The stalemate continues for what feels like hours, until one of the soldiers stops screaming. He lowers his gun, takes off his own clothes, and crouches down in the corner of the room next to one of the captives.

    His fellow soldiers are stunned. The captives hardly notice.

    Eventually, one of the captives opens her eyes, and sees what the soldier has done.

    One by one, some faster than others, the captives stand and walk towards their rescuers.

    Words matter, but not as much as actions.

    Do you want to know what God is like?

    Do you want to know what God thinks about you?

    Do you want to know whether God has love for you, despite what you alone know about yourself?

    Look to the Cross.

    For you Jesus Christ came into the world:
    for you he lived and showed God's love;
    for you he suffered the darkness of Calvary
    and cried at the last, 'It is accomplished';
    for you he triumphed over death
    and rose in newness of life;
    for you he ascended to reign at God's right hand.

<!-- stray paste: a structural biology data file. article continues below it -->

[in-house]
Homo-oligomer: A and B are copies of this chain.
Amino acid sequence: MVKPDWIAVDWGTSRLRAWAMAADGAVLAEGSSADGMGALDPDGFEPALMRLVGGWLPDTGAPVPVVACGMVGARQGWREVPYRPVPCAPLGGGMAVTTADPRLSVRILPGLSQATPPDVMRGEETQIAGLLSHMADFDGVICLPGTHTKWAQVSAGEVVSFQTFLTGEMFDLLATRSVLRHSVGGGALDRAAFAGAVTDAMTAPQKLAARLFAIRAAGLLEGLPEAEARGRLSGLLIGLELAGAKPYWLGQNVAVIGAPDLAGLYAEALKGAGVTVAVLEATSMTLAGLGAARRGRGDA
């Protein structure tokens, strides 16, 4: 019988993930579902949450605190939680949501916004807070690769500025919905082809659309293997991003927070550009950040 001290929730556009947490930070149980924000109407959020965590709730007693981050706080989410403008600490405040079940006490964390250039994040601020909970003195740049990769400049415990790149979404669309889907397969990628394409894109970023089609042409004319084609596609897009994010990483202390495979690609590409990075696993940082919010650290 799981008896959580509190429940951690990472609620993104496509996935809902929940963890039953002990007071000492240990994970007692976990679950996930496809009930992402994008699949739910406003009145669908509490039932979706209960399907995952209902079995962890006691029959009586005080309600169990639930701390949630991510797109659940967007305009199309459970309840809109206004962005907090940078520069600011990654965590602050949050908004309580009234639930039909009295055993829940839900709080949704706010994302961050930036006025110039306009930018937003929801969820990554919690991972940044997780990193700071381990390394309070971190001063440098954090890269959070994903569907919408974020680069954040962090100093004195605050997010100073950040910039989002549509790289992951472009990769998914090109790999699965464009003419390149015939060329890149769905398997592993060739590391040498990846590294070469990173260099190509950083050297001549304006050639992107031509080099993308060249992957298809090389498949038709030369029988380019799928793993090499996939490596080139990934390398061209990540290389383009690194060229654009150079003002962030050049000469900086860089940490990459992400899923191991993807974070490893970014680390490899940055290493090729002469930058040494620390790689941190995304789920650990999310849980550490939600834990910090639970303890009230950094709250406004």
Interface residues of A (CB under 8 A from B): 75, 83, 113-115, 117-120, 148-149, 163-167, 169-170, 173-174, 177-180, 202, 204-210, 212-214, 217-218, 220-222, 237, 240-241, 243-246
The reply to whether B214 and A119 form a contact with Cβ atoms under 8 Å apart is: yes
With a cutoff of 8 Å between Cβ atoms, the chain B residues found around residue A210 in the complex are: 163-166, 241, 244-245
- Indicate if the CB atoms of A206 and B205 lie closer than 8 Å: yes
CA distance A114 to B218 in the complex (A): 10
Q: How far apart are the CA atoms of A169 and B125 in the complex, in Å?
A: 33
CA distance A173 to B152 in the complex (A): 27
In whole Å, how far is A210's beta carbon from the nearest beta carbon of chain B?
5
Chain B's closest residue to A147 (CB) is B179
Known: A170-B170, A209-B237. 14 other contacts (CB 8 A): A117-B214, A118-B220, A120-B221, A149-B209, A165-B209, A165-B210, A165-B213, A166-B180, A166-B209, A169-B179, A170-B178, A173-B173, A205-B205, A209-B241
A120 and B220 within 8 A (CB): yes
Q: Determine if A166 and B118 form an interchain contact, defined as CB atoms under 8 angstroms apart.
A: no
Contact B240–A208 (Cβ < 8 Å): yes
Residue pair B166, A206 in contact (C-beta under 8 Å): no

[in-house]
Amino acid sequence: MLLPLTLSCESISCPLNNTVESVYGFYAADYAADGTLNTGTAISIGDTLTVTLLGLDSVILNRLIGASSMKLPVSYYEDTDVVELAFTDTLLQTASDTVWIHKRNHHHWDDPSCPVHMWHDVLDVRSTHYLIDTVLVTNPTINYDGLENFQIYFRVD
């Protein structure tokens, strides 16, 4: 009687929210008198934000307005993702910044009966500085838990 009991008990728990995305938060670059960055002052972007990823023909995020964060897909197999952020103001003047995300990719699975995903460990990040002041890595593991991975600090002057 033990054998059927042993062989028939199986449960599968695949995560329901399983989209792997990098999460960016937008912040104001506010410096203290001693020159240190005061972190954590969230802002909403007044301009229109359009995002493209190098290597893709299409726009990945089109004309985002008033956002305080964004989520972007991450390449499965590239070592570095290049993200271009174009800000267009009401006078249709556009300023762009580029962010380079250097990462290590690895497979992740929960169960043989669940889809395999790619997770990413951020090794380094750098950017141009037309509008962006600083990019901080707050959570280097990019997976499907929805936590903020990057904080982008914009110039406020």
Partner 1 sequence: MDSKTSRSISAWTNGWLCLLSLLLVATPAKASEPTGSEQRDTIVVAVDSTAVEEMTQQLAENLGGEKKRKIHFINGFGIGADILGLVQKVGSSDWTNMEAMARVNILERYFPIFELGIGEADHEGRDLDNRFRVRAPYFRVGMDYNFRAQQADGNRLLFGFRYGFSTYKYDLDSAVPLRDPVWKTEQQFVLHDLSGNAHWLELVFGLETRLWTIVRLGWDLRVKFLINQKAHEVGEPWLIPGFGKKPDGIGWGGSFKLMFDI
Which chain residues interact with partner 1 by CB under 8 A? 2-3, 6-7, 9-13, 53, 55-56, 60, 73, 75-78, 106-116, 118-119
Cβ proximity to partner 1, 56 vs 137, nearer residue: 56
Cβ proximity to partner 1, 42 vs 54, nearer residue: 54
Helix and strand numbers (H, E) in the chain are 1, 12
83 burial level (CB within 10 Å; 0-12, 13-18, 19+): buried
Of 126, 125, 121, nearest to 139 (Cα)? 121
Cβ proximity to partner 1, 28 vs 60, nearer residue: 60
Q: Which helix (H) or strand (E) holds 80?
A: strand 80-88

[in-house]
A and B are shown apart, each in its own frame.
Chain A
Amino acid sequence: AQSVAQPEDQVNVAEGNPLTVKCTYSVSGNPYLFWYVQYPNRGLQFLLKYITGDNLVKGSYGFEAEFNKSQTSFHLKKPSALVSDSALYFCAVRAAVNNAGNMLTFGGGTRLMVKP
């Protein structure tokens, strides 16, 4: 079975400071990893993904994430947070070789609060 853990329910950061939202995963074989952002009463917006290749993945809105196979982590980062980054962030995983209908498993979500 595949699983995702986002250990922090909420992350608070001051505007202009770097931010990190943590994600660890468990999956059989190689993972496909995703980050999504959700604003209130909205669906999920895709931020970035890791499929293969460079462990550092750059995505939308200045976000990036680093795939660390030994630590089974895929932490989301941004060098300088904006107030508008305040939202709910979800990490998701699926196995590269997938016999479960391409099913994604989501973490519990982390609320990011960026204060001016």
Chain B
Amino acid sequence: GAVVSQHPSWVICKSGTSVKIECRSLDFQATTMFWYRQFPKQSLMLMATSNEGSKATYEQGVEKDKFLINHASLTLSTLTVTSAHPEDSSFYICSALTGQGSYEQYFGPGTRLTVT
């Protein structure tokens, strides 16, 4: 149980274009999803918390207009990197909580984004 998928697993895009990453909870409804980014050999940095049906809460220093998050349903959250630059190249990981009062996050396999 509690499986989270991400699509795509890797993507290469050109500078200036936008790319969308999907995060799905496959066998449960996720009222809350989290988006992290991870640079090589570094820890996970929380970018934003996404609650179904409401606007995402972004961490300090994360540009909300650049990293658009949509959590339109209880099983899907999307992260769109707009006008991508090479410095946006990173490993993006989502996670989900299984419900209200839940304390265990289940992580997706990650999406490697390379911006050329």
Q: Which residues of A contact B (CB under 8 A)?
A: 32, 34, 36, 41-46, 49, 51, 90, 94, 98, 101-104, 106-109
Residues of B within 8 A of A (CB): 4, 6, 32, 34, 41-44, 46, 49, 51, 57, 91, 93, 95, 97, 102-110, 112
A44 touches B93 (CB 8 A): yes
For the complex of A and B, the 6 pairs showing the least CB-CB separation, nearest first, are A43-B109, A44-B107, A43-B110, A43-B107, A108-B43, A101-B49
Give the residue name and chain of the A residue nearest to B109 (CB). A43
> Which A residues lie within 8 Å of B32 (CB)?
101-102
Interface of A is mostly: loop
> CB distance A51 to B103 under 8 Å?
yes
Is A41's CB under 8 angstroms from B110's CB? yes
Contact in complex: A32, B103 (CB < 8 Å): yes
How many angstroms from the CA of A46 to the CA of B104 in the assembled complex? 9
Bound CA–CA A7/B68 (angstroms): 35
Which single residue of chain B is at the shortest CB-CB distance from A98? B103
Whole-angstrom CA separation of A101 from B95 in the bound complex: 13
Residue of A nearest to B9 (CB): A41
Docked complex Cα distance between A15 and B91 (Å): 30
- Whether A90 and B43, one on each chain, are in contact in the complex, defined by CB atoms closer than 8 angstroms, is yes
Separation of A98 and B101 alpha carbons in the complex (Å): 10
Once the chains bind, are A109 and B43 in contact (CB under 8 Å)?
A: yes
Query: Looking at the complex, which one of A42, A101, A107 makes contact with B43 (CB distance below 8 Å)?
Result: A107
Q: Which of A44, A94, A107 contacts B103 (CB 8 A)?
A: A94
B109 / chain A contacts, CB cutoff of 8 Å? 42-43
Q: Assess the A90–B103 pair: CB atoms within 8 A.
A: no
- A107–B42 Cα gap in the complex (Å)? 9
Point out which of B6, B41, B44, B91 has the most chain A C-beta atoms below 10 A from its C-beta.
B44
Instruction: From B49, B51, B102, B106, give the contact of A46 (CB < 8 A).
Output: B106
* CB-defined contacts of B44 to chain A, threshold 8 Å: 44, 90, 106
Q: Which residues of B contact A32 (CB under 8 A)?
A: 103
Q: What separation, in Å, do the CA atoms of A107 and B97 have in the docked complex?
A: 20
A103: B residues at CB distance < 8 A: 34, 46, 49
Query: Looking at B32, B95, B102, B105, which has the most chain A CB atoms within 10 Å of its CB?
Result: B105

All this he did for you, child, though you do not know it yet.

    And so the word of Scripture is fulfilled: "We love because God loved us first.”

    Maundy Thursday

    Learning from Jesus “on the night in which he was betrayed.”

    In first-century Galatia, a small but powerful group of teachers insisted that anyone who wanted to become a Christian must show that they are truly Christian through some outward sign. A very specific outward sign, in fact: circumcision.

    After dismantling this argument throughout his letter to the Galatians, St. Paul proposes his own outward sign of the Christian faith. In what has since been dubbed the “Fruit of the Spirit,” he lists several outward signs (fruit) of a life indwelled by the Spirit.

    According to this list, what is the very first thing you should outwardly notice in the life of a Christian?


    Maundy Thursday is a celebration of two sacred moments in the life of Jesus, both of which are wrapped in love. The name itself comes from the Latin work for command (mandatum), since Jesus gives his disciples a new commandment on this sacred Thursday: